COM clinicals student alerts staff to stroke victim

A routine day of clinicals quickly became an emergency for College of the Mainland graduate Mark White and his classmates.

During one of his clinical rotations, White and another student noticed a patient in distress.
 
“One patient started deteriorating. It looked like a stroke,” said White. “(Another student) and I called for help.”
 
Nurses arrived swiftly and assisted the patient, who was having a stroke.
 
“It’s one of the situations where time is of the essence,” said nursing professor Kathy Glynn. “The fact the students stepped up to the plate and knew what to do was awesome.”
 
That day White was hired as a nurse tech, a position that requires a semester of nursing school.
 
He worked that job at night 60 hours a week while attending school.
 
Graduating in June 2014, he again had no problem finding a job.
 
“At Mainland Medical I got hired the day I walked in,” said White.
 
He now works in the progressive care unit.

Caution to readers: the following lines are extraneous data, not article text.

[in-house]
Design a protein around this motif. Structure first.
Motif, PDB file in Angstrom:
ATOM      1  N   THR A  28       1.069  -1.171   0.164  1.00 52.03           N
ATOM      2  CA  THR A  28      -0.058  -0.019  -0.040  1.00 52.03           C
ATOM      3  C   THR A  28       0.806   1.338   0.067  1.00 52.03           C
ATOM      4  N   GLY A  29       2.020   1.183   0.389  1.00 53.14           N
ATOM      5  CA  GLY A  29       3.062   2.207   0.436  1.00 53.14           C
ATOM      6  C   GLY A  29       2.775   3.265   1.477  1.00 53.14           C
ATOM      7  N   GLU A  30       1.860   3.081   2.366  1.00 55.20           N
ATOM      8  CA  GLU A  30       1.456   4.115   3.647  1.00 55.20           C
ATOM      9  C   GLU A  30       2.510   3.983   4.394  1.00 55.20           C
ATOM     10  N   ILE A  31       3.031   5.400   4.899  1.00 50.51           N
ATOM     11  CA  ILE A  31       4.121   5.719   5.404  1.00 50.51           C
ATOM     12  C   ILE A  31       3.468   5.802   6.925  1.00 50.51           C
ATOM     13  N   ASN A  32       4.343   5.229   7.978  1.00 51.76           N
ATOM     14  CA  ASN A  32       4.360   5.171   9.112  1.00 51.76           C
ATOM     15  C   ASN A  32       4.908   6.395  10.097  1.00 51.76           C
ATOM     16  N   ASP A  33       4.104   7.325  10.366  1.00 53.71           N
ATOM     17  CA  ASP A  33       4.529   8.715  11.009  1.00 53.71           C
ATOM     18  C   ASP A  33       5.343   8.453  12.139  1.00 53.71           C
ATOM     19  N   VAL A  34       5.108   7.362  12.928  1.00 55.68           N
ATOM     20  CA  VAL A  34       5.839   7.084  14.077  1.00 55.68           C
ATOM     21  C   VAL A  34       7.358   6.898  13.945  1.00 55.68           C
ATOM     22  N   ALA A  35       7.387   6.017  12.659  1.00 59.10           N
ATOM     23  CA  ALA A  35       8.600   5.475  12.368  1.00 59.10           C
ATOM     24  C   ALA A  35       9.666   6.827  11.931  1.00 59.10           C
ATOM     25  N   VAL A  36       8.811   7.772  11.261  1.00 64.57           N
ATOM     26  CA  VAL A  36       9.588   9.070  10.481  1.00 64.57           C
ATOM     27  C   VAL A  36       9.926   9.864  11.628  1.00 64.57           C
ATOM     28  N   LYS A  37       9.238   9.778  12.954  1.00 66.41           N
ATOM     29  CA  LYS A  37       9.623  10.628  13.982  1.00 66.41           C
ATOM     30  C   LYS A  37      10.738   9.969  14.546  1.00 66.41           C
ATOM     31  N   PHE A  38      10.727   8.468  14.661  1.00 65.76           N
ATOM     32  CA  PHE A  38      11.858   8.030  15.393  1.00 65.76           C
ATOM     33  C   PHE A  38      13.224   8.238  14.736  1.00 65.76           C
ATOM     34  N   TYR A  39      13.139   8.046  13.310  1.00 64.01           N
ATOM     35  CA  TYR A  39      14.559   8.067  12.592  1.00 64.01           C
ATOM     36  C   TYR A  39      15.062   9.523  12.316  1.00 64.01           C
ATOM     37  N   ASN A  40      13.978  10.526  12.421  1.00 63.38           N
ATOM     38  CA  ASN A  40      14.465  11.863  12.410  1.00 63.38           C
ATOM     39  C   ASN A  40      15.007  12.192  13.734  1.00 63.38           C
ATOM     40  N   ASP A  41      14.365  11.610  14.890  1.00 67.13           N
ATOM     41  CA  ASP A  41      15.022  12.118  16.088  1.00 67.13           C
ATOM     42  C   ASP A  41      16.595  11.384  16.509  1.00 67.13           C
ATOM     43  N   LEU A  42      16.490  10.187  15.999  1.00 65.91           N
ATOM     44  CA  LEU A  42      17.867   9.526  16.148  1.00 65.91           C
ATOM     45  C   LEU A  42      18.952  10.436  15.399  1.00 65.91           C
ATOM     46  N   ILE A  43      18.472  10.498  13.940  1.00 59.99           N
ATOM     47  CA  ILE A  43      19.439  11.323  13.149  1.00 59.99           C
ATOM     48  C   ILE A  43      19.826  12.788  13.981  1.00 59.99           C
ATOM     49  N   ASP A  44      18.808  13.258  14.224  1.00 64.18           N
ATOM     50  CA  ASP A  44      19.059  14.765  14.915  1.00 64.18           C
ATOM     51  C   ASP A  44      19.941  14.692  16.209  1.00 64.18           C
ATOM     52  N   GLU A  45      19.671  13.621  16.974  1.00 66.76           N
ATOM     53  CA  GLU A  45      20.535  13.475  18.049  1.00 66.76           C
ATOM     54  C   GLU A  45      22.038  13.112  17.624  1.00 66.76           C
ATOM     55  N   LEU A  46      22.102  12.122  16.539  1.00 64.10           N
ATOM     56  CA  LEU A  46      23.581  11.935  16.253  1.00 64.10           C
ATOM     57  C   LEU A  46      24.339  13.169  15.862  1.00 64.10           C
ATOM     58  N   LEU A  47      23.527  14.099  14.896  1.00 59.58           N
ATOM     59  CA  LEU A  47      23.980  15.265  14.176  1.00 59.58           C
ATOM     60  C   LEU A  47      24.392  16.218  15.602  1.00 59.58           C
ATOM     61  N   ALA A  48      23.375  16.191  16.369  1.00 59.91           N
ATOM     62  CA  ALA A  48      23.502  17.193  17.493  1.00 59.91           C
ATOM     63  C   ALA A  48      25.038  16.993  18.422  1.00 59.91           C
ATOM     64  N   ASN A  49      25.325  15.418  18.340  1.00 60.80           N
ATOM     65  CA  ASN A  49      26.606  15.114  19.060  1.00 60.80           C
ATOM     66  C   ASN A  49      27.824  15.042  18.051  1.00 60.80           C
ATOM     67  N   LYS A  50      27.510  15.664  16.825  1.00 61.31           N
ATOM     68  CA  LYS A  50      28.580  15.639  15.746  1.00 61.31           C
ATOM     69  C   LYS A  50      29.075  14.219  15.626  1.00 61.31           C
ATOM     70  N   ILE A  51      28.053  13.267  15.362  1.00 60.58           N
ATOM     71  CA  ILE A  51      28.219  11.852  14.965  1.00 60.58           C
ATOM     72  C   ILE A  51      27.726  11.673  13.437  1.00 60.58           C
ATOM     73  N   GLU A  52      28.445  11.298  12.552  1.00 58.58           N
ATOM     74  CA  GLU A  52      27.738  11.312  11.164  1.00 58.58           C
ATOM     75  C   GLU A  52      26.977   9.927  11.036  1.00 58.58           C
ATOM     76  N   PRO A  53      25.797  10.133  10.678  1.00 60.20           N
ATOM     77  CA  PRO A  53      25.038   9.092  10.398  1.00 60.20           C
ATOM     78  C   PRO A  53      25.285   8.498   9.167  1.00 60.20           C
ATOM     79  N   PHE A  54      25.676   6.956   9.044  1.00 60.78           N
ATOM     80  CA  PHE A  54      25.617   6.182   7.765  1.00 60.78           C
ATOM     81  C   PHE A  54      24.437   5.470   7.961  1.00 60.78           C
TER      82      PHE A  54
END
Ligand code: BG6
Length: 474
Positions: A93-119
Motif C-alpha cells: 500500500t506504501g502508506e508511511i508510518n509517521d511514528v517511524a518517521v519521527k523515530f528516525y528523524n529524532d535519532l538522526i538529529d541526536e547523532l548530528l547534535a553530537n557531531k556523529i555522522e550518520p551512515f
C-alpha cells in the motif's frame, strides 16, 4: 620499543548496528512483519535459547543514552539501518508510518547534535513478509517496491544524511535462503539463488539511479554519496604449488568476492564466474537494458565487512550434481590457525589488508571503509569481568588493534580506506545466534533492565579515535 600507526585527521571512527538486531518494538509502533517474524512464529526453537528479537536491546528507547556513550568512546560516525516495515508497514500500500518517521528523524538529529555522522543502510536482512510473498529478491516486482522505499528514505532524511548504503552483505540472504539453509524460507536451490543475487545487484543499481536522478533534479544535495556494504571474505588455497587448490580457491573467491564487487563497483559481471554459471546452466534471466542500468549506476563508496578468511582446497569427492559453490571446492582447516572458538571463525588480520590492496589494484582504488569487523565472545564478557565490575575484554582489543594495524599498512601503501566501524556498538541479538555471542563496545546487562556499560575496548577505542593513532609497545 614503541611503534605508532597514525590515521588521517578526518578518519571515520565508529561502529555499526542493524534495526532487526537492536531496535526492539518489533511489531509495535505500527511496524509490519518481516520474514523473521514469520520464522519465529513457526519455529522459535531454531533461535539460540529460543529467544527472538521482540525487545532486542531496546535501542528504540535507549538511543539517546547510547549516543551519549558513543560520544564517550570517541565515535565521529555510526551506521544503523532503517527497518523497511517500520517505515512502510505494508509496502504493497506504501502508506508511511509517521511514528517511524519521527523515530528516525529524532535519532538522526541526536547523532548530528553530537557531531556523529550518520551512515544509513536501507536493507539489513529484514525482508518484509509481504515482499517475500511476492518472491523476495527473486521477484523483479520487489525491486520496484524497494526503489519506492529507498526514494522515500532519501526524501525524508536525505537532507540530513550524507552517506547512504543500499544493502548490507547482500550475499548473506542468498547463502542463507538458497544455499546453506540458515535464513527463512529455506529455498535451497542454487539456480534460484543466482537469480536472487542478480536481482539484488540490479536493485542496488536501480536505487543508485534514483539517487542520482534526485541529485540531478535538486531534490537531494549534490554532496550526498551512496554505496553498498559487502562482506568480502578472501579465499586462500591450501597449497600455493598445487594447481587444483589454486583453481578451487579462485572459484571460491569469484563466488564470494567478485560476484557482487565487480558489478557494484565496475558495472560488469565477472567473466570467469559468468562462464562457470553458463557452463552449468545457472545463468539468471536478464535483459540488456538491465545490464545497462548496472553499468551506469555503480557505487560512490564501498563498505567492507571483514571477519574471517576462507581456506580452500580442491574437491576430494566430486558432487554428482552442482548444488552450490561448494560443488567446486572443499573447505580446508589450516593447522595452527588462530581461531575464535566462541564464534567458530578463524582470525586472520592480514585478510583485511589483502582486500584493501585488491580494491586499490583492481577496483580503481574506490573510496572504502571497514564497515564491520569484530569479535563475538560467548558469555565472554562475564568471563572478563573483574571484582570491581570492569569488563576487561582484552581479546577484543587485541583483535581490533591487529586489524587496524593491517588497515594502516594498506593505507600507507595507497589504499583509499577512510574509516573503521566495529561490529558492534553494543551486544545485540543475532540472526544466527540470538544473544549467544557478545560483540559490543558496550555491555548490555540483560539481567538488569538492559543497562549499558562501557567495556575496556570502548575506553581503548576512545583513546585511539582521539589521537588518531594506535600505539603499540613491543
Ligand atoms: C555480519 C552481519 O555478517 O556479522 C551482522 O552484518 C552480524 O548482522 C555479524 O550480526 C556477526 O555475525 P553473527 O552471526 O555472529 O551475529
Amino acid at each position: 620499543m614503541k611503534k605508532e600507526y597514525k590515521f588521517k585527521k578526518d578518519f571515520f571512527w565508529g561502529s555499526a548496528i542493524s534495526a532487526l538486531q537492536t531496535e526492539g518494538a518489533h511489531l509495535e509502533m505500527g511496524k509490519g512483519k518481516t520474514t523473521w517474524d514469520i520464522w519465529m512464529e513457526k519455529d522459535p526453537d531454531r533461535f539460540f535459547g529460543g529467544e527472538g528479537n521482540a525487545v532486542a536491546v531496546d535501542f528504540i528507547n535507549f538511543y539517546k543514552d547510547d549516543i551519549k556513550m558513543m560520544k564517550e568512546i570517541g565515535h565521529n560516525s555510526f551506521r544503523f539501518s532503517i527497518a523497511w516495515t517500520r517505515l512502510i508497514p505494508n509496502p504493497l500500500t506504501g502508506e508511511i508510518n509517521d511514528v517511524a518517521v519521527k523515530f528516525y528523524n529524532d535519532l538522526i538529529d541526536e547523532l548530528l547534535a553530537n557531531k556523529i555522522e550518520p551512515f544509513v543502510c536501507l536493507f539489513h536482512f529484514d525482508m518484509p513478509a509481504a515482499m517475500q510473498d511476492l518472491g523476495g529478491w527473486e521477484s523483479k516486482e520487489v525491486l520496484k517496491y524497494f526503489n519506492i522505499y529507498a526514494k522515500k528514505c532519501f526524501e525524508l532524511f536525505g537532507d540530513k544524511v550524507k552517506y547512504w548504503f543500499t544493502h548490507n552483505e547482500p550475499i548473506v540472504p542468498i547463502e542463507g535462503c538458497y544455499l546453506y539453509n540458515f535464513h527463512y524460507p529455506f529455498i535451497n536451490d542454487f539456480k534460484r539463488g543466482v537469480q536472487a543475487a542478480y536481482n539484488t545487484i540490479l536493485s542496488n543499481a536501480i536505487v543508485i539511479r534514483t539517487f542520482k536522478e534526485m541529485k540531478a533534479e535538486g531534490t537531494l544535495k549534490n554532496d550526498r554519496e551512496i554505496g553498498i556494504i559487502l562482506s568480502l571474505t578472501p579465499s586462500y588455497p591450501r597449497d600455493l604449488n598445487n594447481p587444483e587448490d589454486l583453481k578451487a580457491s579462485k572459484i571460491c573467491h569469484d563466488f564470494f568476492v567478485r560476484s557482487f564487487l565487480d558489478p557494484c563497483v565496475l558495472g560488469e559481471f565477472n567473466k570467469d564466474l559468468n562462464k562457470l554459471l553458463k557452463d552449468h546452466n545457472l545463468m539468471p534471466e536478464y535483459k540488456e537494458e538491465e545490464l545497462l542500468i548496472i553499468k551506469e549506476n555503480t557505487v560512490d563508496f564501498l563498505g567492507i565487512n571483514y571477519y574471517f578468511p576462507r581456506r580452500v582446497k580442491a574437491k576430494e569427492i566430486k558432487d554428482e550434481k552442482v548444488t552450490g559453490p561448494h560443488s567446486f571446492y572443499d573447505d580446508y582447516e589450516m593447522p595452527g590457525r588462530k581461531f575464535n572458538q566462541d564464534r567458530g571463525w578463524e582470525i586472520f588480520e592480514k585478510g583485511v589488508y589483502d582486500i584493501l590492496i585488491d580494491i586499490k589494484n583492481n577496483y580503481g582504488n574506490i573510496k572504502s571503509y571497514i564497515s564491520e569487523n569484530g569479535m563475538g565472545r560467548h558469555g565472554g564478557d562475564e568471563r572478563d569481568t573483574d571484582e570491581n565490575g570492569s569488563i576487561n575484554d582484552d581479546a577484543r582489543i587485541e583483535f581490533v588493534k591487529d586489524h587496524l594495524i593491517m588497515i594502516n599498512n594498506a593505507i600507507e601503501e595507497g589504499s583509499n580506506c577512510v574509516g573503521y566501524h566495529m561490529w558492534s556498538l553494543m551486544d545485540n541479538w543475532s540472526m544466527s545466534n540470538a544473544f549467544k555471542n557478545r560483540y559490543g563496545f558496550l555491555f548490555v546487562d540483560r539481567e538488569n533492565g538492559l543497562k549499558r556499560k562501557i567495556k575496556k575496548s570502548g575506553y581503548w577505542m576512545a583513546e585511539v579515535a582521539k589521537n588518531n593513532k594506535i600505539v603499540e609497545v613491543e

“I like that it’s my responsibility for patients getting better and feeling better,” said White.
 
He recently returned to COM to encourage nursing students that completing an education is possible with a family.
 
“I am a recent father with a newborn. I worked 60 hours a week night shift at UTMB (while going to school),” said White. “Whatever you’ve got going on, you can do it.”

The COM Associate Degree Nursing Program prepares students for life-saving careers through classes, labs and clinical rotations at state-of-the-art facilities. COM nursing graduates excel on the national council licensure exam, and COM Associate Degree Nursing Program students’ average pass rate is over 94 percent. For more information, visit www.com.edu/nursing.

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